(NewMediaWire) – December 14, 2021 – DALLAS – The American Heart Association sends fans of the iconic HBO series “Sex and the City” heartfelt condolences following the sudden death of John James Preston, aka Mr. Big, during the premier episode of the limited-edition reboot, “And Just Like That.” (SPOILER ALERT) As those who watched in stunned disbelief know, Mr. Big died at home in the arms of his beloved, Carrie, following from what appeared to be a heart attack.
Mr. Big was a heart disease patient – having had previous issues – including reported heart surgery and a prior heart attack – putting him at higher risk for another heart attack or heart problems. In addition, his love of cigars also increased his risk. Other risk factors include being male, high blood pressure, high blood cholesterol, overweight or obesity, diabetes and physical inactivity.
In true, Sex and the City fashion, many “can’t help but wonder … could Carrie have saved Big?” Scientifically speaking, that is unclear – the script doesn’t provide many details. However, according to the American Heart Association, Carrie could have taken specific actions to help the situation. In a cardiac emergency the best course of action is to:
- Call 911 immediately.
- Do Hands-only CPR: If a teen or adult collapse and is unresponsive, push hard and fast in the center of the chest to the beat of a song with 100-120 beats per minute, like the Bee Gees’ “Stayin’ Alive” or Beyoncé’s “Crazy in Love.” Learning Hands-Only CPR is easy and can save lives. You can learn the process quickly, online from a simple video on the American Heart Association’s website or become CPR certified by taking a course at an American Heart Association associated training center. Visit www.heart.org/CPR to learn more.
Couldn’t help but wonder … Is high intensity exercise safe?: In the show, Mr. Big dies after completing a high intensity stationary bike ride. For the vast majority of people, the benefits of physical exercise outweigh the risks.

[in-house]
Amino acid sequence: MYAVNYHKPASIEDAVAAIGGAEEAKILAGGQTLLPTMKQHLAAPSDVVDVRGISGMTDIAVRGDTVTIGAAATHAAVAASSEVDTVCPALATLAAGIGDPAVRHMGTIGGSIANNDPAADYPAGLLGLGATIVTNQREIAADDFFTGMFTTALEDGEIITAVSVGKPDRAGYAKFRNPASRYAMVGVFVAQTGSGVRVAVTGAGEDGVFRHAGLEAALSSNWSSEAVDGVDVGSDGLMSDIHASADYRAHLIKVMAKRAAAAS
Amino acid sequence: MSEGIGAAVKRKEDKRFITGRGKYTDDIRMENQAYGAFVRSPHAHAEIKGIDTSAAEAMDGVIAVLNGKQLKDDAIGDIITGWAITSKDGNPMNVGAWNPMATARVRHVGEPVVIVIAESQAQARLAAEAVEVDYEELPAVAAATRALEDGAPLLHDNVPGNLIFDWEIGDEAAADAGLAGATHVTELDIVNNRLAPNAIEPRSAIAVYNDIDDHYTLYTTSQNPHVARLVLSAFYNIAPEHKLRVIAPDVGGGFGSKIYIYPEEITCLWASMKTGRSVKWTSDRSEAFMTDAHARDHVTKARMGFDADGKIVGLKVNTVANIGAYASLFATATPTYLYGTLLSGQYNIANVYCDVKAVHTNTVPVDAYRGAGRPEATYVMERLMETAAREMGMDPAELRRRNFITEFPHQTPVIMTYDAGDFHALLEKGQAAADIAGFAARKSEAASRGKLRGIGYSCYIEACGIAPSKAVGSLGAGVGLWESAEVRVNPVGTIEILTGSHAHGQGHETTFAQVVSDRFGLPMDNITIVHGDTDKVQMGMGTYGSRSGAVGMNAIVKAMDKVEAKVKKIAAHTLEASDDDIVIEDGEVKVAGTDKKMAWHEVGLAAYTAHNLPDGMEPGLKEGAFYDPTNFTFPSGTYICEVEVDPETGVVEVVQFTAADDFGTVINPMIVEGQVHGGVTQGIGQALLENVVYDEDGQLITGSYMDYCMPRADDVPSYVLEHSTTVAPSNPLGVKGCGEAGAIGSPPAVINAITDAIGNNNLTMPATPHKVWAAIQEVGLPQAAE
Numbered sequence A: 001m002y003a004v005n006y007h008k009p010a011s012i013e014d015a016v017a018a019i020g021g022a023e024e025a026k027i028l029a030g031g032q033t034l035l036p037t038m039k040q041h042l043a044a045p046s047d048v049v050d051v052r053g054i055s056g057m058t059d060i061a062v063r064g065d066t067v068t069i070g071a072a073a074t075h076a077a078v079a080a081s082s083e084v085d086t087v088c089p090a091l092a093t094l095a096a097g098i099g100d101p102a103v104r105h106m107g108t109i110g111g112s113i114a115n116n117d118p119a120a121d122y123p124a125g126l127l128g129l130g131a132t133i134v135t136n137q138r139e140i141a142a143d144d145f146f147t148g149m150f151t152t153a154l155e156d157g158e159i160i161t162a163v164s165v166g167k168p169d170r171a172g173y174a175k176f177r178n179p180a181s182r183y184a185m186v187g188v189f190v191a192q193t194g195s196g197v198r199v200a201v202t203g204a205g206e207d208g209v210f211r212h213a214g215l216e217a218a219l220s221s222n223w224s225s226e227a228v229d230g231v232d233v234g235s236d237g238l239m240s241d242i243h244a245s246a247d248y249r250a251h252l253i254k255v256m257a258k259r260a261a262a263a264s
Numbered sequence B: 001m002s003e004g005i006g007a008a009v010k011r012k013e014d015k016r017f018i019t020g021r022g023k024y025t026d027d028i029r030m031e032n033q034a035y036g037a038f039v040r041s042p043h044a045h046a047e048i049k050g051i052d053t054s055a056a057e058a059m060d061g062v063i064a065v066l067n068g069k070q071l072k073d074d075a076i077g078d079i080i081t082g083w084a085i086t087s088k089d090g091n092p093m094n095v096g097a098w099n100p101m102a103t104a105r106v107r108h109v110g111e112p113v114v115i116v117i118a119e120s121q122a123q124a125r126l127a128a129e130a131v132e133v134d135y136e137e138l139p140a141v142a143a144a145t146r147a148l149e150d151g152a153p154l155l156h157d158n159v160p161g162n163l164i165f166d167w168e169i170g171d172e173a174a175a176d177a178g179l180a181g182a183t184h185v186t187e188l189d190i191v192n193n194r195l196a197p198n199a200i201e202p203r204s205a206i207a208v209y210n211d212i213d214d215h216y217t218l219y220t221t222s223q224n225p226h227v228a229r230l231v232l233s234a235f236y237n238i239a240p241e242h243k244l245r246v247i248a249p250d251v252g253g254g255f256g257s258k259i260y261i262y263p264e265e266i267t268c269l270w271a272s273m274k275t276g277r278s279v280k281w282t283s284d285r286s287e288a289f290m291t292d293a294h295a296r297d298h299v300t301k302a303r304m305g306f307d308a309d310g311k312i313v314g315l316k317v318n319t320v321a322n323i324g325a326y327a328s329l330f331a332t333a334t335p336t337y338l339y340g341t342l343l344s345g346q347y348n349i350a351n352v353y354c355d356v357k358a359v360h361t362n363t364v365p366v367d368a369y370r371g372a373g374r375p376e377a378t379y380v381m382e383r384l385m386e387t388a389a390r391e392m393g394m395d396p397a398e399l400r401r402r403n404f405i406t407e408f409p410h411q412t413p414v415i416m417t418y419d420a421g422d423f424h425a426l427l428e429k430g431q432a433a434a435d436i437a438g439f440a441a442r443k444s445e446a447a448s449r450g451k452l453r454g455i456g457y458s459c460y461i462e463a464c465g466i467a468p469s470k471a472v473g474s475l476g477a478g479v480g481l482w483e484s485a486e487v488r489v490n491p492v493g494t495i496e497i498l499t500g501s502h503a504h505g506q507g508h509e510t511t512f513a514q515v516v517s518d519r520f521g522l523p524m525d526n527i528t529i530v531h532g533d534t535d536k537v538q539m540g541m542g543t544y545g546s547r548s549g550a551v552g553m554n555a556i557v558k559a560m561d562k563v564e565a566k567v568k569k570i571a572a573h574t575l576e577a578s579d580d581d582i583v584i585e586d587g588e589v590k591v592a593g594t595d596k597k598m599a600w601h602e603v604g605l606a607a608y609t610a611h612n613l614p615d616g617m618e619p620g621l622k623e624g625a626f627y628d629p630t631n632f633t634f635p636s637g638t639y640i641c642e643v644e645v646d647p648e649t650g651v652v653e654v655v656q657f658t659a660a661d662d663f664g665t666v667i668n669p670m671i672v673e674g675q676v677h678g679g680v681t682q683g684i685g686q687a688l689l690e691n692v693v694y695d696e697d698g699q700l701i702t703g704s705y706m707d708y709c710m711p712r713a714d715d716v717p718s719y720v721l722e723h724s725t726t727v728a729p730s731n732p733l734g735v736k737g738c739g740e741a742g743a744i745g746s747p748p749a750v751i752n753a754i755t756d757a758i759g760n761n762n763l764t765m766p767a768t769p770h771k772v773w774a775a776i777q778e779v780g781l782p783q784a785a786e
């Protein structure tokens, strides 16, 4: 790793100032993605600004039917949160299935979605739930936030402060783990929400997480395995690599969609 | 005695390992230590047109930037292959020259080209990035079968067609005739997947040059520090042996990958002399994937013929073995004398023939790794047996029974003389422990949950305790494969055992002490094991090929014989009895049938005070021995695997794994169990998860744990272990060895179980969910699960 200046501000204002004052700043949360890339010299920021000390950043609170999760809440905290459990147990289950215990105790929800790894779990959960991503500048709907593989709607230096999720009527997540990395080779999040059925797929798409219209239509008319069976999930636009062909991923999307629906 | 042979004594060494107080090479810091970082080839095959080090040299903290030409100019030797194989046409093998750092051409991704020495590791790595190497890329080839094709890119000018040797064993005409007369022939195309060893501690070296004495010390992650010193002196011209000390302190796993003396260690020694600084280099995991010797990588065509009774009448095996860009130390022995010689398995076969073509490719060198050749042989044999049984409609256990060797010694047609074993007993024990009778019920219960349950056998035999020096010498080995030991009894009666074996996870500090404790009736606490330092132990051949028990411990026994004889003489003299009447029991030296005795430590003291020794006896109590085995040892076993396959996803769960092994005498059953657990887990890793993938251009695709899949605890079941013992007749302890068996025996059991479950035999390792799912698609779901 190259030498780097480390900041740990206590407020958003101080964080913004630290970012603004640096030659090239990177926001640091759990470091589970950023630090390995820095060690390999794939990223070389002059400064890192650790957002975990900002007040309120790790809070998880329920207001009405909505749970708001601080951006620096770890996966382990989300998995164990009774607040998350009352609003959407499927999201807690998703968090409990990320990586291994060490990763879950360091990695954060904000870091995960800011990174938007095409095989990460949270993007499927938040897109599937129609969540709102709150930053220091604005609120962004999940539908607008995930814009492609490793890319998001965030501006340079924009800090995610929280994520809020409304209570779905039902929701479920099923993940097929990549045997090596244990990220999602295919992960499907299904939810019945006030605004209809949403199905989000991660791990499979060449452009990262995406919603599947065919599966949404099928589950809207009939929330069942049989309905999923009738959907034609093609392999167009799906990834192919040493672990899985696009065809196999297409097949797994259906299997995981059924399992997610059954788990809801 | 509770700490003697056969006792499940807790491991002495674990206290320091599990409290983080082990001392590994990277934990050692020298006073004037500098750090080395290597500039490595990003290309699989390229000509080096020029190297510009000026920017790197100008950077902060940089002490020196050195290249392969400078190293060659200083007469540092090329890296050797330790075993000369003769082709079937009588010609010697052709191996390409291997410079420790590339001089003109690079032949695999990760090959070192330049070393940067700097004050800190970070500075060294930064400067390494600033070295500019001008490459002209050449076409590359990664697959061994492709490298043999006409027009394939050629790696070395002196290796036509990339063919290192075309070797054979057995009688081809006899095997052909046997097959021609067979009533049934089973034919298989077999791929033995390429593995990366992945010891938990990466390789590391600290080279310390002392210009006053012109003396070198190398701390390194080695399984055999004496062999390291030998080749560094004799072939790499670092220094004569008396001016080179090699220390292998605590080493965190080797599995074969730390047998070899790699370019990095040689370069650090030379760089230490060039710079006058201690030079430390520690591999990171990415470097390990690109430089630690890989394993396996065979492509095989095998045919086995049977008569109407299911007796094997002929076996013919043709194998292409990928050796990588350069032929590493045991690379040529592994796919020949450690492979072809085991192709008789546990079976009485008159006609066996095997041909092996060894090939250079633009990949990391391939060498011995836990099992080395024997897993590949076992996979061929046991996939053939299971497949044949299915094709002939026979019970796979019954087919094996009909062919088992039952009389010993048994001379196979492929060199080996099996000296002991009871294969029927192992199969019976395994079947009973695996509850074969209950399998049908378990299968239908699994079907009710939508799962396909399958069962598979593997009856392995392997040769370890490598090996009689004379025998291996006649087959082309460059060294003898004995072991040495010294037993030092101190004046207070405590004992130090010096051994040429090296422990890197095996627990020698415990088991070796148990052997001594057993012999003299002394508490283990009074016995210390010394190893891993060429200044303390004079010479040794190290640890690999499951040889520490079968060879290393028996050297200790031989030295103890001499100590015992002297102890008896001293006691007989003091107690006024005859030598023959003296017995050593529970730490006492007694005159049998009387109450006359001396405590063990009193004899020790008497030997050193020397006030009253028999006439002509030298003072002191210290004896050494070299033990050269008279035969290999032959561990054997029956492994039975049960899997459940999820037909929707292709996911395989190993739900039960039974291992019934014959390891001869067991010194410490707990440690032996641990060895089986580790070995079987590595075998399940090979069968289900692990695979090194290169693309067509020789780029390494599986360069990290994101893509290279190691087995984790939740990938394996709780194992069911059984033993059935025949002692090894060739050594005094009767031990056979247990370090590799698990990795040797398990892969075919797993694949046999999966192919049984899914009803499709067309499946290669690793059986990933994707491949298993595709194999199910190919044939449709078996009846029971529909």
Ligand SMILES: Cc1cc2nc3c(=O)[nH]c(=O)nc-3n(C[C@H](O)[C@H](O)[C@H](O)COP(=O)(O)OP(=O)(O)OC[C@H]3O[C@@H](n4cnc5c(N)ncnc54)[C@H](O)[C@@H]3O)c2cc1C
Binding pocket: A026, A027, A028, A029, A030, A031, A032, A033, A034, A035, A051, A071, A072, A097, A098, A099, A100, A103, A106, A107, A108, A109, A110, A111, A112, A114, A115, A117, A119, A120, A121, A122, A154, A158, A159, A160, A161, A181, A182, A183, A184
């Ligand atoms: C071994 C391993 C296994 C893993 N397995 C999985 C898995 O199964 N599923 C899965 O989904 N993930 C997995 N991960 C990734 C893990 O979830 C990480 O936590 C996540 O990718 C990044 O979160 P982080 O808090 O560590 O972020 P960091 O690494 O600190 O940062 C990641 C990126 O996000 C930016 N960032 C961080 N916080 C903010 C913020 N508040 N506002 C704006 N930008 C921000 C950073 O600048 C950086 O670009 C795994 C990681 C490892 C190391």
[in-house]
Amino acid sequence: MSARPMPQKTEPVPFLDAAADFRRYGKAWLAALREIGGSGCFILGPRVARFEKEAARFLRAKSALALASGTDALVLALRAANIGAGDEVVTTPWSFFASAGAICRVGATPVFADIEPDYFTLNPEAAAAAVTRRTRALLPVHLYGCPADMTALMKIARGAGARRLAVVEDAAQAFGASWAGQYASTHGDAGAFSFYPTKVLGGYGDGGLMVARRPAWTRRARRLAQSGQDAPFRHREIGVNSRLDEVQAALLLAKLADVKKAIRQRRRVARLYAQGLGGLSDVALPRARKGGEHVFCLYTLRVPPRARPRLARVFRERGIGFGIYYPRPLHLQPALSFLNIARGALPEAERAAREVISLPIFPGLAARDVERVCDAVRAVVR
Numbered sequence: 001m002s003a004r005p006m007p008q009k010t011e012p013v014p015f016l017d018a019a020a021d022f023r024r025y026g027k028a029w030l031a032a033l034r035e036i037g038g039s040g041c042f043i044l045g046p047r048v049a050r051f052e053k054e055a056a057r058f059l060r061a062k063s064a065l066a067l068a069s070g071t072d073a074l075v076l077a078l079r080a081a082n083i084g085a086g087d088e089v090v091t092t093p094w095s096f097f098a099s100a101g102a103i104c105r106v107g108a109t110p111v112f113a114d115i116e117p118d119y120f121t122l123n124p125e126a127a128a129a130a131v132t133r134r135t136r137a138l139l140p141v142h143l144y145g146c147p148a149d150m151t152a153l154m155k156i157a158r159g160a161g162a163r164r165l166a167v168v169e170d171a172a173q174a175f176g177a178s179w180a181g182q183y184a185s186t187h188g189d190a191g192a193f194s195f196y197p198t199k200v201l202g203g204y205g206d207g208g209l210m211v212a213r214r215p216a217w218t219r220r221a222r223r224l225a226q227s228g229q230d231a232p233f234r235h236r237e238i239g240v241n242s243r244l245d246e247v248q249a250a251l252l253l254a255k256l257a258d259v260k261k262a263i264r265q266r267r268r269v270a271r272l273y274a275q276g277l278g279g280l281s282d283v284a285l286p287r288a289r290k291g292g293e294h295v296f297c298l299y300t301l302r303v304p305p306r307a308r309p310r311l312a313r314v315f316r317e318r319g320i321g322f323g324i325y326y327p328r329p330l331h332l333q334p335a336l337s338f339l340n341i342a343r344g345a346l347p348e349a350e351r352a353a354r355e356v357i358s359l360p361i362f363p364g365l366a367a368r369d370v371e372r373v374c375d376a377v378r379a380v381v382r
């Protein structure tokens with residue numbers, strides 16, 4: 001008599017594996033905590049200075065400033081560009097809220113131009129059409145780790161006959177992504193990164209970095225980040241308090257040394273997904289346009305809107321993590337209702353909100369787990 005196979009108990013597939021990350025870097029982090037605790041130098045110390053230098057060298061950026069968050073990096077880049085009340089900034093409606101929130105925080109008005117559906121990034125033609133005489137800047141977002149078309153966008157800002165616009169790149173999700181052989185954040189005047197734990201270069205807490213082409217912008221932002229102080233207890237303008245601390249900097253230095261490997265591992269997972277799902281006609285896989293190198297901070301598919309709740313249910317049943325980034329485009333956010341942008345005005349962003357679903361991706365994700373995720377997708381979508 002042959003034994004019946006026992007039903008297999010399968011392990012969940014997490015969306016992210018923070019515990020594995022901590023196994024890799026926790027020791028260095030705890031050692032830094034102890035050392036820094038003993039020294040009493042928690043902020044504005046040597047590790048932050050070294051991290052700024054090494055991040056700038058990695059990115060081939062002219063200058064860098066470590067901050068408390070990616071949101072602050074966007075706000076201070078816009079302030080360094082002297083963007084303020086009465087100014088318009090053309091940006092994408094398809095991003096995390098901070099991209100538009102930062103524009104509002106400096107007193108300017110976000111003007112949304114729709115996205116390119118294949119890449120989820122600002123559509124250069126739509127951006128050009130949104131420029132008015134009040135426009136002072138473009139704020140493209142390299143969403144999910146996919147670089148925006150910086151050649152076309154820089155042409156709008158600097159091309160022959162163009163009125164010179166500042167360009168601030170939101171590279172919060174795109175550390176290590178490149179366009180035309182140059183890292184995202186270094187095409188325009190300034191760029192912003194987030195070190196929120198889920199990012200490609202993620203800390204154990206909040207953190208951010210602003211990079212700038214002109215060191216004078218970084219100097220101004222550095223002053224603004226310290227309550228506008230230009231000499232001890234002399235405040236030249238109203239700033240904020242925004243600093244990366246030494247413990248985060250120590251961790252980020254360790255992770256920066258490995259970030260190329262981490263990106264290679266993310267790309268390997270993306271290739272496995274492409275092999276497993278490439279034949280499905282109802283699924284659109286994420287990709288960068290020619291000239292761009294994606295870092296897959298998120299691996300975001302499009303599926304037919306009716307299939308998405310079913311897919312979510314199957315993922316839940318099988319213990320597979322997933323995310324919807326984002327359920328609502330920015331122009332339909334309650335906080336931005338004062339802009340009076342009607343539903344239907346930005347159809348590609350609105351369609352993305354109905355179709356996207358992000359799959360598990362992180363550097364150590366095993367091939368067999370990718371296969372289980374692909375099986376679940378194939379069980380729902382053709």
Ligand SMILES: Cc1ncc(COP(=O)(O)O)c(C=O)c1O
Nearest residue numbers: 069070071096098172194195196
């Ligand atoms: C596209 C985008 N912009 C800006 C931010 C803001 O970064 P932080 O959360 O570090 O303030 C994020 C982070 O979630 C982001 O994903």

“Exercise is medicine, and there is no question that moderate to vigorous physical activity is beneficial to overall cardiovascular health. However, like medicine, it is possible to underdose and overdose on exercise – more is not always better and can lead to cardiac events, particularly when performed by inactive, unfit, individuals with known or undiagnosed heart disease,” said Barry A. Franklin, Ph.D., volunteer chair of the writing committee for a 2020 American Heart Association Scientific Statement (“Exercise-Related Acute Cardiovascular Events and Potential Deleterious Adaptations Following Long-Term Exercise Training: Placing the Risks Into Perspective–An Update from the American Heart Association”), director of the Cardiac Rehabilitation Program and Exercise Laboratories, William Beaumont Hospital, Royal Oak, Michigan, and professor of Physiology, Wayne State University, School of Medicine, Detroit, Michigan, at the time the statement was released.
Couldn’t help but wonder … what’s the difference between a heart attack and cardiac arrest? Mr. Big’s death also has many people wondering what the difference is between a heart attack and cardiac arrest. People often use these terms interchangeably, but they are not synonyms. A heart attack is when blood flow to the heart is blocked, and sudden cardiac arrest is when the heart malfunctions and suddenly stops beating unexpectedly. A heart attack is a “circulation” problem and sudden cardiac arrest is an “electrical” problem. These two distinct heart conditions can be linked. Sudden cardiac arrest can occur after a heart attack, or during recovery. Heart attacks increase the risk for sudden cardiac arrest. While most heart attacks do not lead to sudden cardiac arrest, when sudden cardiac arrest occurs, heart attack is a common cause. In either case, fast action can save lives. Only about 46% of people who experience an out-of-hospital cardiac arrest receive the immediate help that they need before professional help arrives.
The American Heart Association – devoted to world of healthier lives for all – is the leader in resuscitation science, education, and training and publisher of the official Guidelines for CPR and ECC.
For more information about heart attack or CPR visit heart.org.
About the American Heart Association
The American Heart Association is a relentless force for a world of longer, healthier lives. We are dedicated to ensuring equitable health in all communities. Through collaboration with numerous organizations, and powered by millions of volunteers, we fund innovative research, advocate for the public’s health and share lifesaving resources. The Dallas-based organization has been a leading source of health information for nearly a century. Connect with us on heart.org, Facebook, Twitter or by calling 1-800- AHA-USA1.
For Media Inquiries: 214-706-1173
Monica Sales: email@example.com
For Public Inquiries: 1-800-AHA-USA1 (242-8721) or heart.org